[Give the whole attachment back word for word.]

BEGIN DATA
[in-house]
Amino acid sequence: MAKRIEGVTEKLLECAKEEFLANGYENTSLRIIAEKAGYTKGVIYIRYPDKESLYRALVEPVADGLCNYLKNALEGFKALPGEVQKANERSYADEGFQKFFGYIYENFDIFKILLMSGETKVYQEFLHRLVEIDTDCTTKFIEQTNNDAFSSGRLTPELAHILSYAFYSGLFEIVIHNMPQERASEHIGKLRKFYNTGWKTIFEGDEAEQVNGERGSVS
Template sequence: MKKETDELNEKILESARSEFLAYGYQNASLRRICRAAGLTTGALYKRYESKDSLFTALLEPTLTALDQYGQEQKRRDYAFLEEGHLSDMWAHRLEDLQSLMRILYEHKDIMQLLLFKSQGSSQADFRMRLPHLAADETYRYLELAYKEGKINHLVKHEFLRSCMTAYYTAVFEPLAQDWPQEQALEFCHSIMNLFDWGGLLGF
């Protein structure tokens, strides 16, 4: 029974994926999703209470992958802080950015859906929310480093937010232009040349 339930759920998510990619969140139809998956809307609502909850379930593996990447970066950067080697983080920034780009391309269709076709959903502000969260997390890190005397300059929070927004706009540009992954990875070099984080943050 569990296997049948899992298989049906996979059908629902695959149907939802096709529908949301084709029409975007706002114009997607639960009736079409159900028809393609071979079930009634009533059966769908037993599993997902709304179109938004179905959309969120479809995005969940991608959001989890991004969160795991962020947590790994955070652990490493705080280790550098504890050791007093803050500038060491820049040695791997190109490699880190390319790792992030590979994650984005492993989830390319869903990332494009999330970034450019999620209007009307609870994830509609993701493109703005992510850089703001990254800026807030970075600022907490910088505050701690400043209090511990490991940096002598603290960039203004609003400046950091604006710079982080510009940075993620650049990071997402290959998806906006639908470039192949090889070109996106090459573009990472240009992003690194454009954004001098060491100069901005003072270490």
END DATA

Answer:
[in-house]
Amino acid sequence: MAKRIEGVTEKLLECAKEEFLANGYENTSLRIIAEKAGYTKGVIYIRYPDKESLYRALVEPVADGLCNYLKNALEGFKALPGEVQKANERSYADEGFQKFFGYIYENFDIFKILLMSGETKVYQEFLHRLVEIDTDCTTKFIEQTNNDAFSSGRLTPELAHILSYAFYSGLFEIVIHNMPQERASEHIGKLRKFYNTGWKTIFEGDEAEQVNGERGSVS
Template sequence: MKKETDELNEKILESARSEFLAYGYQNASLRRICRAAGLTTGALYKRYESKDSLFTALLEPTLTALDQYGQEQKRRDYAFLEEGHLSDMWAHRLEDLQSLMRILYEHKDIMQLLLFKSQGSSQADFRMRLPHLAADETYRYLELAYKEGKINHLVKHEFLRSCMTAYYTAVFEPLAQDWPQEQALEFCHSIMNLFDWGGLLGF
């Protein structure tokens, strides 16, 4: 029974994926999703209470992958802080950015859906929310480093937010232009040349 339930759920998510990619969140139809998956809307609502909850379930593996990447970066950067080697983080920034780009391309269709076709959903502000969260997390890190005397300059929070927004706009540009992954990875070099984080943050 569990296997049948899992298989049906996979059908629902695959149907939802096709529908949301084709029409975007706002114009997607639960009736079409159900028809393609071979079930009634009533059966769908037993599993997902709304179109938004179905959309969120479809995005969940991608959001989890991004969160795991962020947590790994955070652990490493705080280790550098504890050791007093803050500038060491820049040695791997190109490699880190390319790792992030590979994650984005492993989830390319869903990332494009999330970034450019999620209007009307609870994830509609993701493109703005992510850089703001990254800026807030970075600022907490910088505050701690400043209090511990490991940096002598603290960039203004609003400046950091604006710079982080510009940075993620650049990071997402290959998806906006639908470039192949090889070109996106090459573009990472240009992003690194454009954004001098060491100069901005003072270490």